TOKYO (Reuters) - A Japanese power company executive apologized for spreading radiation into the air and sea as regulators said the pumping of radioactive water into waters off Japan from a crippled nuclear plant would end on Sunday, one day later than planned.
The apology from Tokyo Electric Power Co (TEPCO) came a day after China and South Korea expressed concern at the discharge of contaminated water from the Fukushima Daiichi plant smashed by last month’s earthquake, reflecting growing international unease over the month-long nuclear crisis.
“I would like to apologies from my heart over the worries and troubles we are causing for society due to the release of radiological materials into the atmosphere and sea water,” Sakae Muto, a TEPCO vice president, said on Saturday.
“We caused worry and trouble for having made this decision without taking sufficient time to explain the matter beforehand to those involved, to the press, to the fishing industry and to people overseas, and we are sorry for this,” he added.
In Jakarta, Foreign Minister Takeaki Matsumoto explained Japan’s crisis policies to counterparts from the 10 ASEAN countries on Saturday and his spokesman urged Japan’s neighbors not to exaggerate the low levels of radiation.
“We are quite sorry about the fact that the nuclear plants are causing those worries, concerns all over the world, but you have to check the level of radioactivity that the IAEA is talking about,” said spokesman Satoru Sato.
Hidehiko Nishiyama, a deputy director-general at Japan’s Nuclear and Industrial Safety Agency, told reporters on Saturday: “We are working on releasing water ... we are likely to finish this tomorrow.”
He said a condenser at the No.2 reactor had been emptied of low-radiation water on Saturday, making room for engineers to shift highly radioactive water from the reactor’s trench.
“To prevent radioactive water in the trench from overflowing is an important step considering a possible further contamination of the sea,” Nishiyama said.
TEPCO is struggling to contain the worst atomic crisis since the 1986 Chernobyl disaster in Ukraine. Engineers say they are far from in control of the damaged reactors and it could take months to stabilize them and years to clear up the toxic mess left behind.
Nishiyama said Japan would look into the electric power back-up system that had failed after the tsunami, leaving operators unable to cool the reactor.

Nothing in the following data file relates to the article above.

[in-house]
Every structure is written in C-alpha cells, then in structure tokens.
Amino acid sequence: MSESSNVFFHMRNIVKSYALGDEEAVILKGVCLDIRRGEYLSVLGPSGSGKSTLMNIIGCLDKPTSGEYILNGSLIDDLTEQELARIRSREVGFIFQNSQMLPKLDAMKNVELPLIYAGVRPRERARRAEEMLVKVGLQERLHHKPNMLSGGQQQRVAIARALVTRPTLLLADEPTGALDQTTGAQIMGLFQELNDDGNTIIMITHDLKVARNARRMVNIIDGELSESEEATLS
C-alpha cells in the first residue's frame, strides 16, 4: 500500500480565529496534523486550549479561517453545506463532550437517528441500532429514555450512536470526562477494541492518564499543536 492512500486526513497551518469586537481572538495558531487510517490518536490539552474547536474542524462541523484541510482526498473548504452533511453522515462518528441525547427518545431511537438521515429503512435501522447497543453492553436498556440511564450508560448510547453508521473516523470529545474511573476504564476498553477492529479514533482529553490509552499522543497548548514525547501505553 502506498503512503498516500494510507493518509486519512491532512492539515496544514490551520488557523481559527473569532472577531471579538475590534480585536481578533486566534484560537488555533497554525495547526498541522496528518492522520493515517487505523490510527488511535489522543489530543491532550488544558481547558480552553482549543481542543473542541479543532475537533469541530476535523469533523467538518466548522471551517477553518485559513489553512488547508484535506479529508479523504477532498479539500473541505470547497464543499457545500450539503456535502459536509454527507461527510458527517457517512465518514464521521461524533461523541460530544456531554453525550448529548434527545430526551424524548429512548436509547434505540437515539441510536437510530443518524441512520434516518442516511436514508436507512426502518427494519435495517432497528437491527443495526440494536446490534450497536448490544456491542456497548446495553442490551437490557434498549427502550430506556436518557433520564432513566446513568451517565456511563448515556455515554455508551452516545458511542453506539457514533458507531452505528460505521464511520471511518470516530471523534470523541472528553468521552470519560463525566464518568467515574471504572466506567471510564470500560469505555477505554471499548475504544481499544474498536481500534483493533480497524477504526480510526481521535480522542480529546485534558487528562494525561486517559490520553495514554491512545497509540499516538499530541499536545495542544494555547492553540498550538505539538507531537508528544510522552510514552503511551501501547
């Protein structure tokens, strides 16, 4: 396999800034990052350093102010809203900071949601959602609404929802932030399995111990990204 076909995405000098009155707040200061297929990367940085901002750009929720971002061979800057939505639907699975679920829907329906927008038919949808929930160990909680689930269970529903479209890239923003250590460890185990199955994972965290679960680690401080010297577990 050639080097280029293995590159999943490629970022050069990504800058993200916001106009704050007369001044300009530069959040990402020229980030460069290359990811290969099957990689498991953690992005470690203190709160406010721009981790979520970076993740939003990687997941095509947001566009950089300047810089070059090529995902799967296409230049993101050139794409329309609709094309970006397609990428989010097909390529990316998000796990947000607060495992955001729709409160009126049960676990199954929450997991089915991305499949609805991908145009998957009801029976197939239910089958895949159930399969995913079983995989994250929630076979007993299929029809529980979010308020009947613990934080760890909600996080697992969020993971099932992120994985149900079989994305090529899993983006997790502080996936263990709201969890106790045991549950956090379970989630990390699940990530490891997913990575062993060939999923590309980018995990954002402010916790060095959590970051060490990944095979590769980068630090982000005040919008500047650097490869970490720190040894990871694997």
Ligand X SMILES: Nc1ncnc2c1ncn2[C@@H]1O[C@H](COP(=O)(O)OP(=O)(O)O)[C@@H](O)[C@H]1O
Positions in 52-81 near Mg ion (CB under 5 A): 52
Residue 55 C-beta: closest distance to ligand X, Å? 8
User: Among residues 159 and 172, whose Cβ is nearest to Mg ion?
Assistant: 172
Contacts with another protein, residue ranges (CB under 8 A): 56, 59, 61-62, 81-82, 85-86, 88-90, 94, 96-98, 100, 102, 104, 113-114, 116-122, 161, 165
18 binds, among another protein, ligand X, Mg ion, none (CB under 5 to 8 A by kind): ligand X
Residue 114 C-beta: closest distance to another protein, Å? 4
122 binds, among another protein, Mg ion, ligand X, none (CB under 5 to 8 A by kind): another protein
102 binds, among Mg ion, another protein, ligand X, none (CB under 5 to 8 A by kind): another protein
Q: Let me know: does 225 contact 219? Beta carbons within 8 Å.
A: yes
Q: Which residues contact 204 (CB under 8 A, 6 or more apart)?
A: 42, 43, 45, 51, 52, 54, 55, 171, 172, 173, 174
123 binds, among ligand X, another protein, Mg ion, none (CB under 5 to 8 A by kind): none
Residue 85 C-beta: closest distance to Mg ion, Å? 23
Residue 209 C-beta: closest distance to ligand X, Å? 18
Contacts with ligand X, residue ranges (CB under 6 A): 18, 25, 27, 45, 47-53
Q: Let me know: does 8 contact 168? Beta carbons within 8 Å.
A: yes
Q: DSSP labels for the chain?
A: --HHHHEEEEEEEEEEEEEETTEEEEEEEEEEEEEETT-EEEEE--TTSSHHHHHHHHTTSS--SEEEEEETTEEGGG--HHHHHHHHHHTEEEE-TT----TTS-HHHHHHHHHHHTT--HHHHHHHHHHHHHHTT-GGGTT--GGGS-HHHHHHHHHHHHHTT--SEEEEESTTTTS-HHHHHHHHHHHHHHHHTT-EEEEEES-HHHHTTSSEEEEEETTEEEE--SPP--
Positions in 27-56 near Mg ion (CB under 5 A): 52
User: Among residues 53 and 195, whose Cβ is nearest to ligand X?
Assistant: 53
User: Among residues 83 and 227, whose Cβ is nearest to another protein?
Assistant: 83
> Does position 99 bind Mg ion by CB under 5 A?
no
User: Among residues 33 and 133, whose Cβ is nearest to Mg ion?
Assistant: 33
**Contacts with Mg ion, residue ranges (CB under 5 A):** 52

The magnitude 9 earthquake and tsunami on March 11 left 28,000 people dead or missing, and northeastern Japan a splintered wreck.
More than 153,000 people affected by the tsunami and radiation are living in school gymnasiums and other evacuation centers, according to the National Police Agency. Several tsunami-damaged cities have begun moving families into temporary housing, NHK state television said.
Prime Minister Naoto Kan, who has been criticized by the Japanese media and opposition parties for his handling of the crisis, will visit shattered fishing villages in Miyagi prefecture on Sunday.
A large slate of big city and prefectural assembly and executive elections on Sunday will pose an indirect test of Kan’s popularity. Polls have been postponed for districts affected by the tsunami and nuclear disasters.
Several countries have restricted food imports from Japan over radiation fears as Japan’s economy reels from the country’s worst disaster since World War Two.
Food is a tiny part of Japan’s export-oriented economy, but disruptions to its manufacturing and electronics supply chains are reverberating around the world.
China will ban imports of farm produce from 12 areas in Japan, China’s quarantine authority said.
China said earlier it had detected 10 cases of ships, aircraft or cargo arriving from Japan with higher than normal levels of radiation since mid-March.
“China has the full authority to take necessary measures but we are hoping that those measures would be reasonable,” said Sato in Jakarta.
South Korea has also criticized Japan, accusing it of incompetence for failing to notify its neighbors that it would pump radioactive water into the sea.
Radiation from Japan spread around the entire northern hemisphere in the first two weeks of the nuclear crisis, according to the Vienna-based Preparatory Commission for the Comprehensive Nuclear-Test-Ban Treaty Organization.
The world’s third largest economy is now in a “severe condition,” the government said on Friday.
Finance leaders of the G20 group of countries will ask Tokyo for a plan to resuscitate its economy as they see the damage from the earthquake as a risk to global growth, Takatoshi Kato, a former IMF deputy managing director, told Reuters on Friday.
Automaker Toyota Motor Corp plans to idle some of U.S. plants late in April, while Honda Motor Co Ltd has extended reduced U.S. production until April 22.
Power blackouts and restrictions, factory shutdowns, and a sharp drop in tourists have hit the world’s most indebted nation, which is facing a damage bill as high as $300 billion, making it by far the world’s costliest natural disaster.
Economists expect Japan to slip into recession this year.
Additional reporting by Yoko Kubota, Shinichi Saoshiro, Olivia Rondonuwu in Jakarta, Ben Blanchard and Sui-lee Wee in Beijing, Jacqueline Wong in Shanghai, Jack Kim in Seoul; Writing by Paul Eckert and Daniel Magnowski; Editing by Mark Trevelyan